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At the Montreal climate change conference in December 2005, all countries under the UN Framework Convention On Climate Change (UNFCCC) have agreed to begin talks on the longer term future post 2012, including the signatories to the Kyoto protocol, such as India and China, and the non-signatories, such as US and Australia (a complete list of signatories, those who have ratified, etc, can be found by clicking here).
One of the criticisms of the Kyoto protocol is that it only constrains the developed countries with its targets for CO2 emissions; but we need to understand that developing countries like India, whose per capita emissions are less than a tenth of those of the USA, are not going to make binding commitments to cut CO2 emissions unless they see they rich world taking action. The fact that the USA has not signed up under Bush does not mean it won’t do so under the next administration, nor has it stopped individual states, such as California, which is feeling the effects of climate change, from taking radical action. While it may be true that initial targets are insufficient to the mammoth task, the important thing about the Kyoto protocol is that it provides a mechanism for concerted action and, as it is a ‘framework agreement’, it allows flexibility and further tightening up of future targets. ‘Renewable’ and energy efficiency technologies developed now can provide a valuable capital stock for future generations and better equip them to cut emissions. This added value also needs to be factored into the economic analyses.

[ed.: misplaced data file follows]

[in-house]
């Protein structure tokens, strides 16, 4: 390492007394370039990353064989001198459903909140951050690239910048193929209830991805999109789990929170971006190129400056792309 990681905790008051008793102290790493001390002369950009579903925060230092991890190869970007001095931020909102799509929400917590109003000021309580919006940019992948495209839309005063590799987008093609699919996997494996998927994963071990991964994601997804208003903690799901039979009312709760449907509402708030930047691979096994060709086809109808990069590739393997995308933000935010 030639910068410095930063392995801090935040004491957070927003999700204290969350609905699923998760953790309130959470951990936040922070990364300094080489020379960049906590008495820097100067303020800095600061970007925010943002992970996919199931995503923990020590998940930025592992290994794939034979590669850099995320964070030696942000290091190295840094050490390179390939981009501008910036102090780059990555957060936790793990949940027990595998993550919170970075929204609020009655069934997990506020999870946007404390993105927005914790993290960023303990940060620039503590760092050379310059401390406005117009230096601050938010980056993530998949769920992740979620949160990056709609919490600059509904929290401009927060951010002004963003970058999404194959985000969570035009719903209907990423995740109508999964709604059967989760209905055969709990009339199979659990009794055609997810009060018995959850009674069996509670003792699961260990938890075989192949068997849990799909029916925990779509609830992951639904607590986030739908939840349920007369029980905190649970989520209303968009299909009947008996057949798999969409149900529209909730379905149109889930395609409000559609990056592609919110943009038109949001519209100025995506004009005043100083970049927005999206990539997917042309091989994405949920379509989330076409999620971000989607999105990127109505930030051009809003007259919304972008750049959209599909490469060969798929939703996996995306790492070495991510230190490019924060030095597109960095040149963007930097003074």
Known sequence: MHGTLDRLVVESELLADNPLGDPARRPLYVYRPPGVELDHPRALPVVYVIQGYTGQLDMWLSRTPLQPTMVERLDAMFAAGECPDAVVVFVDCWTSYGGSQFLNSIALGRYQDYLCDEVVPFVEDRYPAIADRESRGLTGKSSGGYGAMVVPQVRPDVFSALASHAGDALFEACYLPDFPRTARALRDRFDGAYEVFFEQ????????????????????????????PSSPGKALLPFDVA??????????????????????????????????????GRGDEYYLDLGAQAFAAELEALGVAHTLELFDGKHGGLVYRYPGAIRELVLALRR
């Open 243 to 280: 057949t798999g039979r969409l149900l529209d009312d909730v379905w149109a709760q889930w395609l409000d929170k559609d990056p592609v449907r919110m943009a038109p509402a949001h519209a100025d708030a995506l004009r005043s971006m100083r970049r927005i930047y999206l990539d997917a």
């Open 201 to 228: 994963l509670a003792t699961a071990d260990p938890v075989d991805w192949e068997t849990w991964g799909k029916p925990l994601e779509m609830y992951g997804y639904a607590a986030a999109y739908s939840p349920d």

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Some theoretical policy proposals or principles which are current in the climate change debate, such as the ‘Simultaneous Policy’, imply that we don’t have to take action until all countries sign up to it. On the contrary, we need to act now, both at a national level, as is proposed in the Government’s draft Climate Change Bill, which is currently going through Parliament (see below, under 'Action at a national level', for information on this), and at the level of negotiated international agreements.
At a global level, any international agreement to combat climate change must embrace fairness and justice to developing nations. In addition, I feel strongly that it behoves developed countries to help less developed nations to tackle climate change, particularly as in many cases these countries are the worst affected. That is why I support the principle of ‘Contraction and Convergence’